The Department of Homeland Security’s Data Privacy and Integrity Advisory Committee has released a draft letter to new DHS Secretary Janet Napolitano and Acting Chief Privacy Officer John W. Kropf (who replaces Hugo Teufel as CPO).
The committee will discuss privacy issues during a public conference call today at 1 p.m. ET. “Members of the public are welcome to listen to the meeting by calling (800) 320-4330 and entering Pin Number 215132. The number of teleconference lines is limited, however, and lines will be available on a first-come, first-served basis.”
Some key issues highlighted by the committee:
Border Searches and Seizures of Stored Digital Information. This is currently a highly visible and sensitive issue. While certain DHS components may have legal authority to conduct border searches, there is a significant difference between looking at paper documents and searching through the volume of digital information that can be carried by travelers. The Privacy Office should have a role in reviewing current policies and practices for searches and seizures of digital information and developing guidelines to integrate privacy protections into these processes. […]
REAL ID: Despite the best efforts of the Privacy Office and the Committee, the final rule under the REAL ID Act does not fully address privacy and data security. The Committee has made recommendations for strengthening the rule in this regard in its Report No. 2007-01. The rule leaves states in the position of subjecting their residents’ personal information to the vulnerabilities of the state with the weakest protections. Since the rule has not yet gone into full effect, given the absence of the reference databases, it should at least be reviewed and considered for revision to better address privacy and data security issues regarding the shared state data. In addition, the rule’s provision allowing for the placement of unencrypted personal information in the machine-readable zone, which encourages inappropriate data collection and mission creep, should be reviewed and considered for revision.
Some recommendations on the DHS Privacy Office from the draft letter:
Structure of the Privacy Office. The Committee believes that the Privacy Office should remain a separate office within the Department of Homeland Security (DHS or Department), with the Chief Privacy Officer reporting directly to the Secretary. The Office should not be merged with the Office for Civil Rights and Civil Liberties, which the Committee understands serves a function that is different from that of the Privacy Office. Where the Privacy Office builds programs to effectuate privacy rights, the Civil Liberties Office focuses on community relations and civil rights. Although the offices should work closely together, they have somewhat different perspectives. It is important to have two different offices to address issues from their varying perspectives. The Chief Privacy Officer should be a person who is trusted by the Secretary as a member of the DHS senior management team. He or she should be someone who has a proven record of leadership and decisiveness, and who acknowledges the value of privacy as the foundation for a democracy. The Chief Privacy Officer should be a strategic thinker (not solely a functionary who knows the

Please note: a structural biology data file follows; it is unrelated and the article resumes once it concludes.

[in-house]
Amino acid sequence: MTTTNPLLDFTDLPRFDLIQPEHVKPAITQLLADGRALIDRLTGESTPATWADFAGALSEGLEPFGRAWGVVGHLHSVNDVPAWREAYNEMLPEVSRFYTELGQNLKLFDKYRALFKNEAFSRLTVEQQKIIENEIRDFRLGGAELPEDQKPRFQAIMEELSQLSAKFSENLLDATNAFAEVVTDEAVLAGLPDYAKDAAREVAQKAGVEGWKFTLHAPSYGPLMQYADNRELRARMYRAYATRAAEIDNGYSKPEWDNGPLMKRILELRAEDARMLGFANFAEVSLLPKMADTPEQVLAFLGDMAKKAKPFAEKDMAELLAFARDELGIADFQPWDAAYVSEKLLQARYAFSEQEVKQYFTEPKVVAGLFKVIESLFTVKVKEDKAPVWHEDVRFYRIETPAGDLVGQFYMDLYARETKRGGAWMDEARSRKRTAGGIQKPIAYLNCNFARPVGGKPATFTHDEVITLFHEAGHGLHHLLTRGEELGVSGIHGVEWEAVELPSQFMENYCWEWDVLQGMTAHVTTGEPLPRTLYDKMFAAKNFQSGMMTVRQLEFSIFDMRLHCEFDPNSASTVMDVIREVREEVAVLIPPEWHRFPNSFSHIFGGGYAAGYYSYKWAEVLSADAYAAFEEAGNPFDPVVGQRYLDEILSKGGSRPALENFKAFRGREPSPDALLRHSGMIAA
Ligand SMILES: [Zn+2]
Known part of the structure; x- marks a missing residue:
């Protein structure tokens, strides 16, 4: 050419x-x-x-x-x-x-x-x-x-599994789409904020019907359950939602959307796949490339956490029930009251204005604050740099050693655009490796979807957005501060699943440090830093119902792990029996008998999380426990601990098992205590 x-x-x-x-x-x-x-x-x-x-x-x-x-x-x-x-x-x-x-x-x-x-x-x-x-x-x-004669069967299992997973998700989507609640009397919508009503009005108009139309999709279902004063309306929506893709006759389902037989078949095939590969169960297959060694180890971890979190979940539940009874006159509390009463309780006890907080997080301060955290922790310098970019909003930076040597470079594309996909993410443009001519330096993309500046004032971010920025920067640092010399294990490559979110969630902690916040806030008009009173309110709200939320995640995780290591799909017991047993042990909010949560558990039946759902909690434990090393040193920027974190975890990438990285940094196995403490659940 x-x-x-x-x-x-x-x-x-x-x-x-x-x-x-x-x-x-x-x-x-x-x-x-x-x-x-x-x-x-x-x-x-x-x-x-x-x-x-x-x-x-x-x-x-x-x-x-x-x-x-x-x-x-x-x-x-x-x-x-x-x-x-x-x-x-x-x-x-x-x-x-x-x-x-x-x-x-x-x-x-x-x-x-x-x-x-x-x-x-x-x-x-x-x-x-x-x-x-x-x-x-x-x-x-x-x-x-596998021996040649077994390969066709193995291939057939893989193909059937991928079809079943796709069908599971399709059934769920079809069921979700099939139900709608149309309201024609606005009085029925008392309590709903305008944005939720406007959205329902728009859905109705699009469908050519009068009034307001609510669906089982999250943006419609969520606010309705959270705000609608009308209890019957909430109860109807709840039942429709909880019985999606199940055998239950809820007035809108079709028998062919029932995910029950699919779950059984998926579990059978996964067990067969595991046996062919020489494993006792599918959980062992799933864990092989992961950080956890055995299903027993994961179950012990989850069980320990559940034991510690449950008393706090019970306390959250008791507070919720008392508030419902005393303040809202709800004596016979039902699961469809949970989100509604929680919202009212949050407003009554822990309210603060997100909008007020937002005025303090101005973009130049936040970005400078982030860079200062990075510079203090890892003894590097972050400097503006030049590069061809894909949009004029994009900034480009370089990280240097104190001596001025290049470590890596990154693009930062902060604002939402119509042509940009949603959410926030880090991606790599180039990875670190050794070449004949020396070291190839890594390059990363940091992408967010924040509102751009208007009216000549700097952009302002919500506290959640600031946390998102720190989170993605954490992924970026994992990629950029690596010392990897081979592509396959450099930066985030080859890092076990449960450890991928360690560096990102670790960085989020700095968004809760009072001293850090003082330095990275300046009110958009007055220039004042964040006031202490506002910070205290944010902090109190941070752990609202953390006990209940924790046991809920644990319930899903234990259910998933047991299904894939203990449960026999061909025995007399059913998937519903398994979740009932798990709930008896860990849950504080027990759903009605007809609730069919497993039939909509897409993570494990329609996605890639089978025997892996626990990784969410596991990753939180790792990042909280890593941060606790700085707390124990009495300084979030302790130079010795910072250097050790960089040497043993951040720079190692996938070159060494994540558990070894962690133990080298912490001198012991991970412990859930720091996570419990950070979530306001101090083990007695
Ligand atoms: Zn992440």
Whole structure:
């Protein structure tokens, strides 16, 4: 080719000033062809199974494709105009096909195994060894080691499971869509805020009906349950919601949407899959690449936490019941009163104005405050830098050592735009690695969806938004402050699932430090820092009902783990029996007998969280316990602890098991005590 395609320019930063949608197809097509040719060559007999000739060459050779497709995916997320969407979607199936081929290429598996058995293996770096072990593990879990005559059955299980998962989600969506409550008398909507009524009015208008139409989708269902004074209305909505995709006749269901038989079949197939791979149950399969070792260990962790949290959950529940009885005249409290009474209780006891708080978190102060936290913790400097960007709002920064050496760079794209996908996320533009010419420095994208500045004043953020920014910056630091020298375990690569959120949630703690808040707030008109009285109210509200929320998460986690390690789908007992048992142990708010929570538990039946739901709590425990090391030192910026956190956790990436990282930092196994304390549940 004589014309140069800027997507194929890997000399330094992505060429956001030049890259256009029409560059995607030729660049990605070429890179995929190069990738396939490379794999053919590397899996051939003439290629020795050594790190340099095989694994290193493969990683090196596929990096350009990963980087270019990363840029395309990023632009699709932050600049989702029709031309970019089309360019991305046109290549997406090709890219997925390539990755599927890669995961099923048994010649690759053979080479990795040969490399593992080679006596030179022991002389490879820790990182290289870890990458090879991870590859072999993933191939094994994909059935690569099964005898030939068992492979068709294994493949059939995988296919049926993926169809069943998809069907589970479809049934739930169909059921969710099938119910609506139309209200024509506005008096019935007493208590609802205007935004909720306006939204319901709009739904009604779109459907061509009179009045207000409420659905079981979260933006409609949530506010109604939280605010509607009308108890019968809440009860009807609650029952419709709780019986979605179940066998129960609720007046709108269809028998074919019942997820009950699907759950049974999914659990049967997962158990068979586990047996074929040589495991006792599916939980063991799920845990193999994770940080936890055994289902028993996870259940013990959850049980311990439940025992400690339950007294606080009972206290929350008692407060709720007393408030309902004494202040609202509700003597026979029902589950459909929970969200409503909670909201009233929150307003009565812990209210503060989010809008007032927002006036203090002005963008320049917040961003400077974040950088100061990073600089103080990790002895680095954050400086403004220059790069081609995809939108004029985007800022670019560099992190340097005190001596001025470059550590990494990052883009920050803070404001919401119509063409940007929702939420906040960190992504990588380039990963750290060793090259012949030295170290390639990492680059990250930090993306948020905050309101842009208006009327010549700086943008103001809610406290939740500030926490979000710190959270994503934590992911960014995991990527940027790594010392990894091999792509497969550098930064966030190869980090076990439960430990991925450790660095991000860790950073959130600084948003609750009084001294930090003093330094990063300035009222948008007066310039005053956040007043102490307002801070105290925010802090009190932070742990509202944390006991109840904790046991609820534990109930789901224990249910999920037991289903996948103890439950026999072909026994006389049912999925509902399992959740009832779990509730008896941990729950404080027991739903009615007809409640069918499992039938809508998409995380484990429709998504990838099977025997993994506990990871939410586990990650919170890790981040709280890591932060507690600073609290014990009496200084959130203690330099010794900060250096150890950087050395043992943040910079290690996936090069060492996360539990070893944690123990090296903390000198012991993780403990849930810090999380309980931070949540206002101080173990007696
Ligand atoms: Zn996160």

Privacy Act). […]
Component Privacy Officers. The Committee believes that each DHS component should have a dedicated, accountable privacy officer. Those individuals should report directly to the component head as advisors on privacy issues, with dotted line reporting to the Chief Privacy Officer. […]
Data Integrity Initiative. A prerequisite for privacy protection, as well as for extracting value from our bits and bytes, is to safeguard the integrity of data. Continued focus on and commitment to data integrity can increase the usefulness to the Department of personal data and also help ensure that the Department is adequately protecting what needs protection. The Committee recommends that DHS launch an initiative, led by the Privacy Office, to develop a rigorous and methodical approach to data integrity. […]
The Privacy Act. The Privacy Act of 1974 has not kept pace with the evolution of technology and developments in how data is collected, used, shared and stored. To the extent the Secretary is asked to submit recommendations to Congress for making the Act more relevant and effective, the Committee recommends that the Secretary seek guidance from the Privacy Office staff, who are experts in applying the Act’s provisions throughout the Department.
Here’s some background info on the committee: “The DHS Data Privacy and Integrity Advisory Committee provides advice at the request of the Secretary of Homeland Security and the DHS Chief Privacy Officer on programmatic, policy, operational, administrative, and technological issues within the DHS that relate to personally identifiable information, as well as data integrity and other privacy-related matters. The committee was established by the Secretary of Homeland Security under the authority of 6 U.S.C. section 451 (pdf) and operates in accordance with the provisions of the Federal Advisory Committee Act (FACA) (5 U.S.C. App)”